Game Development Reference
In-Depth Information
Changing the Appearance of Numbers
The remainder of the properties for the Numbers effect pertains
to the appearance of the numbers. For the most part, these are
self-explanatory and are similar to what we've seen these prop-
erties do in other effects. You can add a stroke, adjust the stroke,
display only the stroke, adjust fi ll and stroke colors, and composite
the numbers on the original layer.
The Size property makes the characters larger or smaller. You
can also increase (or decrease) the Tracking property to increase
(or decrease) the space between all numbers. It is not possi-
ble to adjust the kerning, or in other words, the space between
two characters while maintaining the space between the other
characters.
Does the Numbers
Effect Autoanimate?
The Numbers
effect does not
autoanimate.
However, if you simply
check the Random Values
option immediately below
the Type drop-down list,
the Numbers effect will
return randomly generated
values on each frame
automatically.
Recreating the 24 Intro
Because I am a huge fan of the Jack Bauer power hour, one of my
favorite tricks with the Numbers effect is to recreate the logo ani-
mation from the TV show 24. In this logo, a series of random num-
bers are generated, eventually stopping on the key number, 24.
In the following miniproject, we'll recreate a similar logo using
the Numbers effect.
For this exercise, I'm going to be using an LCD-type font. I don't
have the rights to distribute this font with this topic, but you can
Google LCD fonts and fi nd plenty of places online to download
LCD-type fonts for free if you'd like to follow along exactly. Just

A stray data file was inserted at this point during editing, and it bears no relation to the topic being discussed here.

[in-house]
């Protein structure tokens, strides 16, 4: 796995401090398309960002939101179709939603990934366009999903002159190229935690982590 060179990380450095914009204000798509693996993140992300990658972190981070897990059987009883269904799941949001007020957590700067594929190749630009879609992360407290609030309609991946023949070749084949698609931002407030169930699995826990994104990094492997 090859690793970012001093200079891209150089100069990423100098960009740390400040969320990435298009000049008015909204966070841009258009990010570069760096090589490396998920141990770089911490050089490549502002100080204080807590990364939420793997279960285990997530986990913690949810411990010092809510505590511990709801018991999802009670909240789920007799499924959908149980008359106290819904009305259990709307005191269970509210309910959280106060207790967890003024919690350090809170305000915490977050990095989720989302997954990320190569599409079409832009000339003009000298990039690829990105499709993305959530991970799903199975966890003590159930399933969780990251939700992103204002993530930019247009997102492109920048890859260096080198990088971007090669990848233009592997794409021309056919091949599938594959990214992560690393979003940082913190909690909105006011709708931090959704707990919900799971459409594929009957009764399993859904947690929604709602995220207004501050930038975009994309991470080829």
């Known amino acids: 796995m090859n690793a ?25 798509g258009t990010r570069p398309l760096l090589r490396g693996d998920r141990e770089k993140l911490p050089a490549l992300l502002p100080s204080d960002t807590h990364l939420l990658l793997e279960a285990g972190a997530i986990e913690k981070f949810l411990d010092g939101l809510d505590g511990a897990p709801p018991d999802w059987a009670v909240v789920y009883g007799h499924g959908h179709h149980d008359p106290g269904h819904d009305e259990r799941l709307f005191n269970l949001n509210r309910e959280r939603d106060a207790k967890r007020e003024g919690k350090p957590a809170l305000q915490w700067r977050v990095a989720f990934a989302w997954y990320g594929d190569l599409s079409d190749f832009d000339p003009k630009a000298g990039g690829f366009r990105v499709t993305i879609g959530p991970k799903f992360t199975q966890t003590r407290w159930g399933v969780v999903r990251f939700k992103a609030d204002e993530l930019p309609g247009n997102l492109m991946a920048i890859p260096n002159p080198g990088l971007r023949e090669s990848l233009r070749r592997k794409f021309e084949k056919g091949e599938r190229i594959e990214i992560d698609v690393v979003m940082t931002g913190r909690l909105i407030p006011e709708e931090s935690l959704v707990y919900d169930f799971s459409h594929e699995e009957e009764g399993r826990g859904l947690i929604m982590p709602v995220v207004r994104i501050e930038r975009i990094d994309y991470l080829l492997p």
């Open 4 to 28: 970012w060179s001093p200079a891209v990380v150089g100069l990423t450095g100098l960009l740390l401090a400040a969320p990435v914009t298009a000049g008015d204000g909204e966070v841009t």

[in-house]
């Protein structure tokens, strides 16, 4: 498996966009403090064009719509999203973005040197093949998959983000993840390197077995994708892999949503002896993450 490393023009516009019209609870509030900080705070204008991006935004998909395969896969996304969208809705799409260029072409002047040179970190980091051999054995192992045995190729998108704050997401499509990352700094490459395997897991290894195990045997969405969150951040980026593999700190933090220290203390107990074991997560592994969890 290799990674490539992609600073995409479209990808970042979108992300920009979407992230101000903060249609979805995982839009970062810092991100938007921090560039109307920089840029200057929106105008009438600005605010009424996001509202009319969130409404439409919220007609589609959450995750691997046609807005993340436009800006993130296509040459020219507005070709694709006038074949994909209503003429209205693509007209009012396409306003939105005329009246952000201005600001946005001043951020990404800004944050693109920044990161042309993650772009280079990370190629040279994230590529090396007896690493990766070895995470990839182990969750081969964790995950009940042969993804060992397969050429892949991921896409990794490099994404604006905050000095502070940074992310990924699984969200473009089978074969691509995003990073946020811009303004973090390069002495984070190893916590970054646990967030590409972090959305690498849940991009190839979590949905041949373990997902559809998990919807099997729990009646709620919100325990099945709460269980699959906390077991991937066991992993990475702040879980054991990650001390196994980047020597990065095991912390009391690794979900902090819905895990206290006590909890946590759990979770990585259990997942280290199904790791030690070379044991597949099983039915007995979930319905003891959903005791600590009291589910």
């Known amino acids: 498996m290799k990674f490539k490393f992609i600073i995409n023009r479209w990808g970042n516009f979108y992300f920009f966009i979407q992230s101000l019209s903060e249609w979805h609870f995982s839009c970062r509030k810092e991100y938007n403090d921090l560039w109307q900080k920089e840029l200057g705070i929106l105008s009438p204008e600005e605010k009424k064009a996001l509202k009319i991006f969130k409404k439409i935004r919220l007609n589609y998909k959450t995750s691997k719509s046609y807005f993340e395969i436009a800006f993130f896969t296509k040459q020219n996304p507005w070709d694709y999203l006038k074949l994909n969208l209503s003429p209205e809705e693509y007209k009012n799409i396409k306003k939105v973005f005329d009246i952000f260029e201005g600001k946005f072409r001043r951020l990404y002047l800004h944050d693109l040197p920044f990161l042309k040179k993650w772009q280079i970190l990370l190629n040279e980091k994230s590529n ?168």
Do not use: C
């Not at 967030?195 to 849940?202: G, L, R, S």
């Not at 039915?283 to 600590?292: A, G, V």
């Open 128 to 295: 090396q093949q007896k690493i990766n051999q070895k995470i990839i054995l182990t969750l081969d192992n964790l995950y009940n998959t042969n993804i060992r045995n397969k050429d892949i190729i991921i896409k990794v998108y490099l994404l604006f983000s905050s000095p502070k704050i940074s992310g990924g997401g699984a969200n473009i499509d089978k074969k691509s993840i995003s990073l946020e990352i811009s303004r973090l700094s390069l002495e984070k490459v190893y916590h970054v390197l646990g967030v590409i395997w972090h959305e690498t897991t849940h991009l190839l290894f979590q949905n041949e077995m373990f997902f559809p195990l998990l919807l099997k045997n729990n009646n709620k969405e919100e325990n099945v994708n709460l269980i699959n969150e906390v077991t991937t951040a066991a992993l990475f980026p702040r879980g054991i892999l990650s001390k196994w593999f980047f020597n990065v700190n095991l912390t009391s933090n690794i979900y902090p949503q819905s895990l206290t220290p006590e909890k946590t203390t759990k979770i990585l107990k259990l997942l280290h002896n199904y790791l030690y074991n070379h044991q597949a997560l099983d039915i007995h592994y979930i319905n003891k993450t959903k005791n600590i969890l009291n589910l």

remember that you'll have to restart After Effects if it was open
when you installed the font. If you don't have an LCD-style font,
any font with numbers will do.
The fi rst step is to have a blank comp with a solid layer at
comp size, and then apply the Numbers effect to it. Change the
font from the drop-down list in the upper left-hand corner of the
Numbers options dialog box to the LCD font mentioned above,
or another font of your choosing, and click OK. Then change the
Value/Offset/Random Max value to 42 (so we don't get sued for
using the number 24) and the Decimal Places value to 0. Then
uncheck the annoying Proportional Spacing parameter at the
bottom of the effect. I'll also increase my Size value to make
these characters larger. I'm using a Size value of 320, but that will
change depending on the font you've selected. After all this fi d-
dling, you might also want to adjust your Position value to center
the numbers. Fig. 18.5 shows you what I have so far.
The next part will be a little trickier than you might think. To
recreate this logo animation accurately, we need both characters
to animate randomly and then stop on the number 42. However,
once we select Random Values, then we lose control over the
display of exact numbers because the Value/Offset/Random
Fixing a Big Numbers
Problem
One of the biggest
pet peeves I have
with the Numbers
effect is that it appears
to wiggle as it animates.
Seriously, try it yourself.
Select Random Values
and then preview it. Argh!
Why is that the default?
That is so annoying! The
way to solve the problem
is by deselecting the
Proportional Spacing
option at the bottom of the
effect.
Tracking and the
Numbers Effect
Note that the
Position property
for the Numbers
effect also contains an
effect point. Remember that
effect points can be used to
paste in tracked data. This
type of effect can be seen
frequently in one of my
favorite movies, Stranger
than Fiction.
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